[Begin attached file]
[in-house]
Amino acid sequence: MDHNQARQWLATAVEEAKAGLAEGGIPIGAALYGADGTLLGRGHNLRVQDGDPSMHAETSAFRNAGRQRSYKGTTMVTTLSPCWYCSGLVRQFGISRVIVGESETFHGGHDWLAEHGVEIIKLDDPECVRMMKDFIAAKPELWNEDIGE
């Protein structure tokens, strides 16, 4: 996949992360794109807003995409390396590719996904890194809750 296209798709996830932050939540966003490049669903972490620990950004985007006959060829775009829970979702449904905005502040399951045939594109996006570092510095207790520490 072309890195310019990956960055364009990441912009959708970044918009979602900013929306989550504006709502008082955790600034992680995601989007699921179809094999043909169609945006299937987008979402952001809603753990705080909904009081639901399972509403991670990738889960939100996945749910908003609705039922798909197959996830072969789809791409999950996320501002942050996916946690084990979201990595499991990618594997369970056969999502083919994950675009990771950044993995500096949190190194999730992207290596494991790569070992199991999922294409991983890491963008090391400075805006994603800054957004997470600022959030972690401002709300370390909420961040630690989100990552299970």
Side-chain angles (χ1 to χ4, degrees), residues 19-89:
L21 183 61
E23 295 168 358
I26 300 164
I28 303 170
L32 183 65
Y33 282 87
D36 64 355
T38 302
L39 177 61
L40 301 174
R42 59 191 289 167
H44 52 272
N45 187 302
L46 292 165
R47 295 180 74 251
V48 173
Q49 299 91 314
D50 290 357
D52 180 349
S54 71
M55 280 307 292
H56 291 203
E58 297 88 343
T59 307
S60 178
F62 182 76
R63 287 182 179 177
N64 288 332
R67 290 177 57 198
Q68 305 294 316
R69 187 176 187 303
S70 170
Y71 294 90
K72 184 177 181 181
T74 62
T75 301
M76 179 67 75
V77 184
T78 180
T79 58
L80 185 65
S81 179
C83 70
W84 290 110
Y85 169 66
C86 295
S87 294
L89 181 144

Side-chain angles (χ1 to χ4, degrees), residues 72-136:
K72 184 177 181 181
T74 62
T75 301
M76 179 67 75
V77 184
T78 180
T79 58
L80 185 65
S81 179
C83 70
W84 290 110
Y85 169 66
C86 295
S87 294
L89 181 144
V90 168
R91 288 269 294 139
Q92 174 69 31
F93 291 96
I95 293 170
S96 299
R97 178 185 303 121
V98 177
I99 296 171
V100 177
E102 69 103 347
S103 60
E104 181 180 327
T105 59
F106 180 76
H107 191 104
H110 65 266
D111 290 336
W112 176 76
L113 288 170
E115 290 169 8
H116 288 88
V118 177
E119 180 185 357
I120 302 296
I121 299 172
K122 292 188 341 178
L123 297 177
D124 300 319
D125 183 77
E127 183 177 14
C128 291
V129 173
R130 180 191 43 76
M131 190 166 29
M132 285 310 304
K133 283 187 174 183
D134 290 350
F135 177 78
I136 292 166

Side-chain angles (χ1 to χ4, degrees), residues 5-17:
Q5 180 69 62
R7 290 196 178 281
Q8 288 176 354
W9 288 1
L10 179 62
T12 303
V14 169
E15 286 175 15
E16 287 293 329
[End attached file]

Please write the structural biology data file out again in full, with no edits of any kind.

[in-house]
Amino acid sequence: MDHNQARQWLATAVEEAKAGLAEGGIPIGAALYGADGTLLGRGHNLRVQDGDPSMHAETSAFRNAGRQRSYKGTTMVTTLSPCWYCSGLVRQFGISRVIVGESETFHGGHDWLAEHGVEIIKLDDPECVRMMKDFIAAKPELWNEDIGE
């Protein structure tokens, strides 16, 4: 996949992360794109807003995409390396590719996904890194809750 296209798709996830932050939540966003490049669903972490620990950004985007006959060829775009829970979702449904905005502040399951045939594109996006570092510095207790520490 072309890195310019990956960055364009990441912009959708970044918009979602900013929306989550504006709502008082955790600034992680995601989007699921179809094999043909169609945006299937987008979402952001809603753990705080909904009081639901399972509403991670990738889960939100996945749910908003609705039922798909197959996830072969789809791409999950996320501002942050996916946690084990979201990595499991990618594997369970056969999502083919994950675009990771950044993995500096949190190194999730992207290596494991790569070992199991999922294409991983890491963008090391400075805006994603800054957004997470600022959030972690401002709300370390909420961040630690989100990552299970």
Side-chain angles (χ1 to χ4, degrees), residues 19-89:
L21 183 61
E23 295 168 358
I26 300 164
I28 303 170
L32 183 65
Y33 282 87
D36 64 355
T38 302
L39 177 61
L40 301 174
R42 59 191 289 167
H44 52 272
N45 187 302
L46 292 165
R47 295 180 74 251
V48 173
Q49 299 91 314
D50 290 357
D52 180 349
S54 71
M55 280 307 292
H56 291 203
E58 297 88 343
T59 307
S60 178
F62 182 76
R63 287 182 179 177
N64 288 332
R67 290 177 57 198
Q68 305 294 316
R69 187 176 187 303
S70 170
Y71 294 90
K72 184 177 181 181
T74 62
T75 301
M76 179 67 75
V77 184
T78 180
T79 58
L80 185 65
S81 179
C83 70
W84 290 110
Y85 169 66
C86 295
S87 294
L89 181 144

Side-chain angles (χ1 to χ4, degrees), residues 72-136:
K72 184 177 181 181
T74 62
T75 301
M76 179 67 75
V77 184
T78 180
T79 58
L80 185 65
S81 179
C83 70
W84 290 110
Y85 169 66
C86 295
S87 294
L89 181 144
V90 168
R91 288 269 294 139
Q92 174 69 31
F93 291 96
I95 293 170
S96 299
R97 178 185 303 121
V98 177
I99 296 171
V100 177
E102 69 103 347
S103 60
E104 181 180 327
T105 59
F106 180 76
H107 191 104
H110 65 266
D111 290 336
W112 176 76
L113 288 170
E115 290 169 8
H116 288 88
V118 177
E119 180 185 357
I120 302 296
I121 299 172
K122 292 188 341 178
L123 297 177
D124 300 319
D125 183 77
E127 183 177 14
C128 291
V129 173
R130 180 191 43 76
M131 190 166 29
M132 285 310 304
K133 283 187 174 183
D134 290 350
F135 177 78
I136 292 166

Side-chain angles (χ1 to χ4, degrees), residues 5-17:
Q5 180 69 62
R7 290 196 178 281
Q8 288 176 354
W9 288 1
L10 179 62
T12 303
V14 169
E15 286 175 15
E16 287 293 329